Course Information

During the first year, graduate students are required to take the Fundamentals of Molecular and Cell Biology (MCB 200A-200B) during the Fall semester and two Advanced Topics courses in the Spring. All courses must be completed with grade of B of better. Courses required by the department are marked below with a plus (+). Courses marked with one or two asterisks (*) meet the Advanced Topics requirement; two stars indicate that the course is highly recommended by the Division. All course work must be completed prior to taking the qualifying exam (a.k.a. orals) in the spring semester of the second year. With the approval of the student's academic adviser, a course offered by another department may be substituted for one of the two required Advanced Topics courses. Some Divisions may recommend additional courses as appropriate to their disciplinary areas. Following the successful completion of the qualifying examination, all students must enroll in three semesters of special topics seminars (MCB 290) offered by faculty in areas of current research in the field of molecular and cell biology (typically 6 offerings per semester).

Course Descriptions

200A-200B+ Fundamentals of Molecular and Cell Biology

Six hours of lecture per week. Prerequisites: 200A and 200B must be taken concurrently. Combined course required for all MCB first-year graduate students. The goal of this course is to provide graduate-level instruction on molecular and cellular biosciences from a highly-integrated systems perspective, rather than using a more classic, techniques-oriented format. A collection of approaches, and a focus on critical thinking and problem solving, will be used to show how fundamental, highly-significant biological problems are "cracked open." Reading will be assigned from a mix of classic and current peer-reviewed papers selected by the instructors.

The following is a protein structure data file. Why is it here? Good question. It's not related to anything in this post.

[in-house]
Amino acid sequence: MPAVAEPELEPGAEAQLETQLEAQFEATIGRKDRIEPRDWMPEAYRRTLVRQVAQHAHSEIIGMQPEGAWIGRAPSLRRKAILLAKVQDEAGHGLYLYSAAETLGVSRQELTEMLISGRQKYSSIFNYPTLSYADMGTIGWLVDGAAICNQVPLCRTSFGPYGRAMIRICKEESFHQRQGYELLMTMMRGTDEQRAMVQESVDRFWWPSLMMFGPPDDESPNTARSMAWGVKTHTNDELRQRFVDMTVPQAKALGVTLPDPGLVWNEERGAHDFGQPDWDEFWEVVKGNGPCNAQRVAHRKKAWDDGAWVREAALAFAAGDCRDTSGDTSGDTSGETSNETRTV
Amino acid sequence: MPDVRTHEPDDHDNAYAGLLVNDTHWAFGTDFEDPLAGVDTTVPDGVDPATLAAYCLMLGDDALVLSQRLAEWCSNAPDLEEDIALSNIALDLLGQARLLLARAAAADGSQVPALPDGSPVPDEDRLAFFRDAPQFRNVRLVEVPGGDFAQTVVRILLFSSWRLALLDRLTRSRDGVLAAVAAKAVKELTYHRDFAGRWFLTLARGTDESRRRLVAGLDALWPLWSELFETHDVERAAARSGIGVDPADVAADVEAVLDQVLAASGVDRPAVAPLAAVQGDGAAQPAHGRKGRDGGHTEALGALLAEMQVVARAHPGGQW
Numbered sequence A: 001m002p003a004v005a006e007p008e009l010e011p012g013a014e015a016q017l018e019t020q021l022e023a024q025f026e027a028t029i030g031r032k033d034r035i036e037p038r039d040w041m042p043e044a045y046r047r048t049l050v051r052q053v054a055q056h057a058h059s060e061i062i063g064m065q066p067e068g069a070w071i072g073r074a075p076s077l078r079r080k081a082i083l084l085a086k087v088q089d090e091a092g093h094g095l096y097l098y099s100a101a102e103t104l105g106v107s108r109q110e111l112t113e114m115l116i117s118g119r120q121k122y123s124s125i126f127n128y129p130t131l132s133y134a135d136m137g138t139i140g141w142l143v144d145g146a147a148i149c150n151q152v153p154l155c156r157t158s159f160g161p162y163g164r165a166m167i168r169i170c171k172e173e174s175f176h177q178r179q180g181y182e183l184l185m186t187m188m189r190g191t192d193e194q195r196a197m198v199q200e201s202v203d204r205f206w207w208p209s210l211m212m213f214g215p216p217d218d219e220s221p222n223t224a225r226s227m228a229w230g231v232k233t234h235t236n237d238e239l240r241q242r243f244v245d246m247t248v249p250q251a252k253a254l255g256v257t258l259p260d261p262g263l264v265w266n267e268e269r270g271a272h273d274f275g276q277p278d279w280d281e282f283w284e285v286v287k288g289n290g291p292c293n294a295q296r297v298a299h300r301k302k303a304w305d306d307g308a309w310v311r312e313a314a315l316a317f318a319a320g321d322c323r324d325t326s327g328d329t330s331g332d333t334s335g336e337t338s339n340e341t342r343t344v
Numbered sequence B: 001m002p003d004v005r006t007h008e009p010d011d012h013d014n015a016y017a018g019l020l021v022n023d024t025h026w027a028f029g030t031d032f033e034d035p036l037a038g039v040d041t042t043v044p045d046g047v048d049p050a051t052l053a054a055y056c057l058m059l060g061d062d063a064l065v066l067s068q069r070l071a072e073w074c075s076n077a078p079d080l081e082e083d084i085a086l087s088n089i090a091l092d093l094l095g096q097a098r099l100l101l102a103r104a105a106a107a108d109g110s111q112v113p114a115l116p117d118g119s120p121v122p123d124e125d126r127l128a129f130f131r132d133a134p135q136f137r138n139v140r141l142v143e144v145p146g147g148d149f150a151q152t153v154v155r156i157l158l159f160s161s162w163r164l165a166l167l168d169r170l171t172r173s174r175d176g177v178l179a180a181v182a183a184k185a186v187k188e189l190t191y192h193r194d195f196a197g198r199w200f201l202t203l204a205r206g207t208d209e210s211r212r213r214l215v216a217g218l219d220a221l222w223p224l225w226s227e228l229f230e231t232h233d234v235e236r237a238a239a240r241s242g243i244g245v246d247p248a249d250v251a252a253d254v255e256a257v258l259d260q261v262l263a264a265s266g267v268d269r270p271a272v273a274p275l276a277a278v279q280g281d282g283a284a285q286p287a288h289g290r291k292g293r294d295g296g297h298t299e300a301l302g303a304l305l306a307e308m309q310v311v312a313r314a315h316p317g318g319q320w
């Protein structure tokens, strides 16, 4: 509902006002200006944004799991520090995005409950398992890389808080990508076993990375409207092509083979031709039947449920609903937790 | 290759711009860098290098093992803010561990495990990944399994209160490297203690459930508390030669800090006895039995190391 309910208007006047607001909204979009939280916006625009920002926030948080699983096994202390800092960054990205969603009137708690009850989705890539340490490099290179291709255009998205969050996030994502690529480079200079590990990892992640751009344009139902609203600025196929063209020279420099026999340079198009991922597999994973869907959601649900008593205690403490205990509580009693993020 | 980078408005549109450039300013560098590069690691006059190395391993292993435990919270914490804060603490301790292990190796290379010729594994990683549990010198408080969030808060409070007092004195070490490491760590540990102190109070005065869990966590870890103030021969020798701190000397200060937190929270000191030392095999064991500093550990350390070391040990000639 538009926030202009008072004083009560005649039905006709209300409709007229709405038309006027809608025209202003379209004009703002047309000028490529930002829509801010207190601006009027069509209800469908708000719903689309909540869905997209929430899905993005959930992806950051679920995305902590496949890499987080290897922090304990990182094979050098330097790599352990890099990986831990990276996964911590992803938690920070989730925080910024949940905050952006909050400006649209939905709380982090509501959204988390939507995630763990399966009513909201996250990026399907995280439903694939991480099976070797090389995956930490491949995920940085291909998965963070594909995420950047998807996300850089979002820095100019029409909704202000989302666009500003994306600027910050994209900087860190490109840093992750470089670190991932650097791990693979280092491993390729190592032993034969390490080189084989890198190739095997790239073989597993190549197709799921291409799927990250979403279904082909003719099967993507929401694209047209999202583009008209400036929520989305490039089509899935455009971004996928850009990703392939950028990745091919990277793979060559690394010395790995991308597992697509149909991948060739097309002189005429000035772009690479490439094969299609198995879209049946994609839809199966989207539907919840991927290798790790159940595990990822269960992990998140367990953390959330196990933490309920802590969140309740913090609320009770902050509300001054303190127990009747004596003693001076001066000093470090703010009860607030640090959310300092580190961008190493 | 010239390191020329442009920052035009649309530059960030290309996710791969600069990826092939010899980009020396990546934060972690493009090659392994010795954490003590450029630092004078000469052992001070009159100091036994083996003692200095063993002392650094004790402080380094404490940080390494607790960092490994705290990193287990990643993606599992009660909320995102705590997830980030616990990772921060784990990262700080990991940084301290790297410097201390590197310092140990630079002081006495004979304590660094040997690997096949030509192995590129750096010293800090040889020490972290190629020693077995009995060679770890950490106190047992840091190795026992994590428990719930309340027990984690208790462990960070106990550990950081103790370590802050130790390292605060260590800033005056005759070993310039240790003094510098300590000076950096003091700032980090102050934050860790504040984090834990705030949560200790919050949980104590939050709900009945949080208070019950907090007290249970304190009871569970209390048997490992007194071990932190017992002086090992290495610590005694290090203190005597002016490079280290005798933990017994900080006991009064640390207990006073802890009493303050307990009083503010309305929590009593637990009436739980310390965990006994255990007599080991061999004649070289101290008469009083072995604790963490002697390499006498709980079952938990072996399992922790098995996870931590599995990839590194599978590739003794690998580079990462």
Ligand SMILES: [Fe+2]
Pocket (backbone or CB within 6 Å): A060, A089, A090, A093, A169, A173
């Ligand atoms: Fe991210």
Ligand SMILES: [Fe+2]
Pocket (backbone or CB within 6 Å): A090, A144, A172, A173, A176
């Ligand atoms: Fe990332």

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MCB 206* Physical Biochemistry

Application of modern physical concepts and experimental methods to the analysis of the structure, function, and interaction of large molecules of biological interest.
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MCB C209 Dietary Determinants of Cancer, Heart Disease, and Aging

The influence of diet on DNA damage, cancer, and aging will be discussed with an emphasis on micronutrient deficiencies as a major contributor to DNA damage, cancer, and aging. The influence of diet on atherosclerotic heart disease will be covered with an emphasis on the role of dietary constituents proposed to have either toxic or preventive effects in the artery wall. Readings will consist of papers from the literature. Also listed as Nutritional Sciences and Toxicology C210.

MCB 210** Macromolecular Reactions and the Cell